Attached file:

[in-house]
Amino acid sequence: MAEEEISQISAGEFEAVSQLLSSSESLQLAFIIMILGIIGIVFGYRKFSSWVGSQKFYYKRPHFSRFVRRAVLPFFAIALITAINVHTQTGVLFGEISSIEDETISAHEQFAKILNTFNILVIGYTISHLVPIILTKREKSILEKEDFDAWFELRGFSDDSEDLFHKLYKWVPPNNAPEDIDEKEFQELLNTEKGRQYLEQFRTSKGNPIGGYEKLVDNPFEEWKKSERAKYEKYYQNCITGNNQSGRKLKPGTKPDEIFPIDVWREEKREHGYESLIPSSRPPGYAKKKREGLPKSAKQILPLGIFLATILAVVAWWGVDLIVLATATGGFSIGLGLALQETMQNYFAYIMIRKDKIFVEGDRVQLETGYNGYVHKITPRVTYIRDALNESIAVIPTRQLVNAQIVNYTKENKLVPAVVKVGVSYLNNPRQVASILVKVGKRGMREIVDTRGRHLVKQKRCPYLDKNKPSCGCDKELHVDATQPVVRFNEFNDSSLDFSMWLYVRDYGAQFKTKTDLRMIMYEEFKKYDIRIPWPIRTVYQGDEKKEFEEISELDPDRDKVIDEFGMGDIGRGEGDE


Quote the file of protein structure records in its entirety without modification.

[in-house]
Amino acid sequence: MAEEEISQISAGEFEAVSQLLSSSESLQLAFIIMILGIIGIVFGYRKFSSWVGSQKFYYKRPHFSRFVRRAVLPFFAIALITAINVHTQTGVLFGEISSIEDETISAHEQFAKILNTFNILVIGYTISHLVPIILTKREKSILEKEDFDAWFELRGFSDDSEDLFHKLYKWVPPNNAPEDIDEKEFQELLNTEKGRQYLEQFRTSKGNPIGGYEKLVDNPFEEWKKSERAKYEKYYQNCITGNNQSGRKLKPGTKPDEIFPIDVWREEKREHGYESLIPSSRPPGYAKKKREGLPKSAKQILPLGIFLATILAVVAWWGVDLIVLATATGGFSIGLGLALQETMQNYFAYIMIRKDKIFVEGDRVQLETGYNGYVHKITPRVTYIRDALNESIAVIPTRQLVNAQIVNYTKENKLVPAVVKVGVSYLNNPRQVASILVKVGKRGMREIVDTRGRHLVKQKRCPYLDKNKPSCGCDKELHVDATQPVVRFNEFNDSSLDFSMWLYVRDYGAQFKTKTDLRMIMYEEFKKYDIRIPWPIRTVYQGDEKKEFEEISELDPDRDKVIDEFGMGDIGRGEGDE